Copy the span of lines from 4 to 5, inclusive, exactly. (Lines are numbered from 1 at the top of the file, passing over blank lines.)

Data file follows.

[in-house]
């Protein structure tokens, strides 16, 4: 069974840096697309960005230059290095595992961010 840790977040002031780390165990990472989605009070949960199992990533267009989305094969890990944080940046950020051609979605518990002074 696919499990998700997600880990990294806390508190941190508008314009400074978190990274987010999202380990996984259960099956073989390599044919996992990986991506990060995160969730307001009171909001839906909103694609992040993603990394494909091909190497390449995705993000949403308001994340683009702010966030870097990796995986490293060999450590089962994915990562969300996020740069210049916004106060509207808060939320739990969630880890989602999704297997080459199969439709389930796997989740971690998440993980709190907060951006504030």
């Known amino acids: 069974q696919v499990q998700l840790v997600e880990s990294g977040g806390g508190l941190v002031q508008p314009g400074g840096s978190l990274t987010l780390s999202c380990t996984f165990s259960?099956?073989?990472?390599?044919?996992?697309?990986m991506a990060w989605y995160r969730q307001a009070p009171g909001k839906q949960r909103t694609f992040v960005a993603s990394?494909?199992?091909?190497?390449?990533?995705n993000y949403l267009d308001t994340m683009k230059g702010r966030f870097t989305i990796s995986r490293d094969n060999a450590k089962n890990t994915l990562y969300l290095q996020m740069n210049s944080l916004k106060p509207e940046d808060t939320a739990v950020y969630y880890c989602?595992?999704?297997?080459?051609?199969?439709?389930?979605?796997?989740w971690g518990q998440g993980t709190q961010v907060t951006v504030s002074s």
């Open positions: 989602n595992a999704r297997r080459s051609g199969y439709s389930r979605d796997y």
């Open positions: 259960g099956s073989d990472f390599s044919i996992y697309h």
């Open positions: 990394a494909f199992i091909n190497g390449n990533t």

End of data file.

């Open positions: 989602n595992a999704r297997r080459s051609g199969y439709s389930r979605d796997y």
């Open positions: 259960g099956s073989d990472f390599s044919i996992y697309h």